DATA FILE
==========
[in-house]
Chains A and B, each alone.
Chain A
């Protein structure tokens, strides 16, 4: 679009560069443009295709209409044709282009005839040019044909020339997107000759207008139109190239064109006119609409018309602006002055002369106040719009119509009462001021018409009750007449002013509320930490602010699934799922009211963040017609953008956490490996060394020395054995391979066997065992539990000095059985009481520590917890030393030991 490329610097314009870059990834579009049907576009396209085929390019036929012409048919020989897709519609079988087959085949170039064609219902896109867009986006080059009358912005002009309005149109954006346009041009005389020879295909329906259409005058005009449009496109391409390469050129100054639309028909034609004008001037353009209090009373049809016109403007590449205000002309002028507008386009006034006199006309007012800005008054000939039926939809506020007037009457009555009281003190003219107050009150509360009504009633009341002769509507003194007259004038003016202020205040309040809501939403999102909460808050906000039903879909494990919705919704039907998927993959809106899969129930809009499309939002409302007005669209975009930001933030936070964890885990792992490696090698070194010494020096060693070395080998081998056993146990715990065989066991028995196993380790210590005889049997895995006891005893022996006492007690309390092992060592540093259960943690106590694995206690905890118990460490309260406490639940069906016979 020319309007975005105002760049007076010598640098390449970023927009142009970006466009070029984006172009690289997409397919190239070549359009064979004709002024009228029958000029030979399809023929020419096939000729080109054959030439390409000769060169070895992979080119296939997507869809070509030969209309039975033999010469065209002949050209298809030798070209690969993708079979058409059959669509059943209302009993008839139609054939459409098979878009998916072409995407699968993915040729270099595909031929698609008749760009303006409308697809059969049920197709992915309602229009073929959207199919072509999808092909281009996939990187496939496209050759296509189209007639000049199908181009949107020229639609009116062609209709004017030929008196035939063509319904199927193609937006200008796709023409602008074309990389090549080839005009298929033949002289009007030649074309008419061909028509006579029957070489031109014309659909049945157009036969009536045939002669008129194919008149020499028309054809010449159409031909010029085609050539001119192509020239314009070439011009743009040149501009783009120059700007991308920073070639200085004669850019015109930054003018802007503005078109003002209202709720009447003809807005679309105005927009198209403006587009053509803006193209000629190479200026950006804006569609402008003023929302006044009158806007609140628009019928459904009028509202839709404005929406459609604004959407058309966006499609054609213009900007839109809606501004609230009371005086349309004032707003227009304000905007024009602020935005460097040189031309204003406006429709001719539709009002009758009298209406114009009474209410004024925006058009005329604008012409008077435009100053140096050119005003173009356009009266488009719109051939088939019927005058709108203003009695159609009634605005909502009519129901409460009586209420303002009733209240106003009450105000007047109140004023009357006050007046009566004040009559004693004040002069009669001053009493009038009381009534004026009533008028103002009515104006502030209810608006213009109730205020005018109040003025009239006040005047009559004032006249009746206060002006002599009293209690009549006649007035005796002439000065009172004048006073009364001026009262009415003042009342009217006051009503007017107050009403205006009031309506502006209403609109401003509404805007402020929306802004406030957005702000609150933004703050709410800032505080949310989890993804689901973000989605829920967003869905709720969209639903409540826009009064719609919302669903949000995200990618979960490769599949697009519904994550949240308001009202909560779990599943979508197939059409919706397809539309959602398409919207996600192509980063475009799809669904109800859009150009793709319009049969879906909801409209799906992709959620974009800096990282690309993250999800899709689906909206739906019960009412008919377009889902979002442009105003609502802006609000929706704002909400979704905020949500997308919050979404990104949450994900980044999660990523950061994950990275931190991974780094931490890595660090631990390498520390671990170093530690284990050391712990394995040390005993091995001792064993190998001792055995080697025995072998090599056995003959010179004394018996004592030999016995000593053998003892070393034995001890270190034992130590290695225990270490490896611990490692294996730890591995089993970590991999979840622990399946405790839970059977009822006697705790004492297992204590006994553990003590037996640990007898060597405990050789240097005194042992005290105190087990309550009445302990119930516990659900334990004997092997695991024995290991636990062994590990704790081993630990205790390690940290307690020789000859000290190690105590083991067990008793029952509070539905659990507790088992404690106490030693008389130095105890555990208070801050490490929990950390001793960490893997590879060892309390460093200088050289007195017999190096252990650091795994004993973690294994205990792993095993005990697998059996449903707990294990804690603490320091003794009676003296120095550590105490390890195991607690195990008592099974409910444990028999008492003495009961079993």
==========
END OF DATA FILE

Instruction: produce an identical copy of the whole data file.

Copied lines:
[in-house]
Chains A and B, each alone.
Chain A
């Protein structure tokens, strides 16, 4: 679009560069443009295709209409044709282009005839040019044909020339997107000759207008139109190239064109006119609409018309602006002055002369106040719009119509009462001021018409009750007449002013509320930490602010699934799922009211963040017609953008956490490996060394020395054995391979066997065992539990000095059985009481520590917890030393030991 490329610097314009870059990834579009049907576009396209085929390019036929012409048919020989897709519609079988087959085949170039064609219902896109867009986006080059009358912005002009309005149109954006346009041009005389020879295909329906259409005058005009449009496109391409390469050129100054639309028909034609004008001037353009209090009373049809016109403007590449205000002309002028507008386009006034006199006309007012800005008054000939039926939809506020007037009457009555009281003190003219107050009150509360009504009633009341002769509507003194007259004038003016202020205040309040809501939403999102909460808050906000039903879909494990919705919704039907998927993959809106899969129930809009499309939002409302007005669209975009930001933030936070964890885990792992490696090698070194010494020096060693070395080998081998056993146990715990065989066991028995196993380790210590005889049997895995006891005893022996006492007690309390092992060592540093259960943690106590694995206690905890118990460490309260406490639940069906016979 020319309007975005105002760049007076010598640098390449970023927009142009970006466009070029984006172009690289997409397919190239070549359009064979004709002024009228029958000029030979399809023929020419096939000729080109054959030439390409000769060169070895992979080119296939997507869809070509030969209309039975033999010469065209002949050209298809030798070209690969993708079979058409059959669509059943209302009993008839139609054939459409098979878009998916072409995407699968993915040729270099595909031929698609008749760009303006409308697809059969049920197709992915309602229009073929959207199919072509999808092909281009996939990187496939496209050759296509189209007639000049199908181009949107020229639609009116062609209709004017030929008196035939063509319904199927193609937006200008796709023409602008074309990389090549080839005009298929033949002289009007030649074309008419061909028509006579029957070489031109014309659909049945157009036969009536045939002669008129194919008149020499028309054809010449159409031909010029085609050539001119192509020239314009070439011009743009040149501009783009120059700007991308920073070639200085004669850019015109930054003018802007503005078109003002209202709720009447003809807005679309105005927009198209403006587009053509803006193209000629190479200026950006804006569609402008003023929302006044009158806007609140628009019928459904009028509202839709404005929406459609604004959407058309966006499609054609213009900007839109809606501004609230009371005086349309004032707003227009304000905007024009602020935005460097040189031309204003406006429709001719539709009002009758009298209406114009009474209410004024925006058009005329604008012409008077435009100053140096050119005003173009356009009266488009719109051939088939019927005058709108203003009695159609009634605005909502009519129901409460009586209420303002009733209240106003009450105000007047109140004023009357006050007046009566004040009559004693004040002069009669001053009493009038009381009534004026009533008028103002009515104006502030209810608006213009109730205020005018109040003025009239006040005047009559004032006249009746206060002006002599009293209690009549006649007035005796002439000065009172004048006073009364001026009262009415003042009342009217006051009503007017107050009403205006009031309506502006209403609109401003509404805007402020929306802004406030957005702000609150933004703050709410800032505080949310989890993804689901973000989605829920967003869905709720969209639903409540826009009064719609919302669903949000995200990618979960490769599949697009519904994550949240308001009202909560779990599943979508197939059409919706397809539309959602398409919207996600192509980063475009799809669904109800859009150009793709319009049969879906909801409209799906992709959620974009800096990282690309993250999800899709689906909206739906019960009412008919377009889902979002442009105003609502802006609000929706704002909400979704905020949500997308919050979404990104949450994900980044999660990523950061994950990275931190991974780094931490890595660090631990390498520390671990170093530690284990050391712990394995040390005993091995001792064993190998001792055995080697025995072998090599056995003959010179004394018996004592030999016995000593053998003892070393034995001890270190034992130590290695225990270490490896611990490692294996730890591995089993970590991999979840622990399946405790839970059977009822006697705790004492297992204590006994553990003590037996640990007898060597405990050789240097005194042992005290105190087990309550009445302990119930516990659900334990004997092997695991024995290991636990062994590990704790081993630990205790390690940290307690020789000859000290190690105590083991067990008793029952509070539905659990507790088992404690106490030693008389130095105890555990208070801050490490929990950390001793960490893997590879060892309390460093200088050289007195017999190096252990650091795994004993973690294994205990792993095993005990697998059996449903707990294990804690603490320091003794009676003296120095550590105490390890195991607690195990008592099974409910444990028999008492003495009961079993």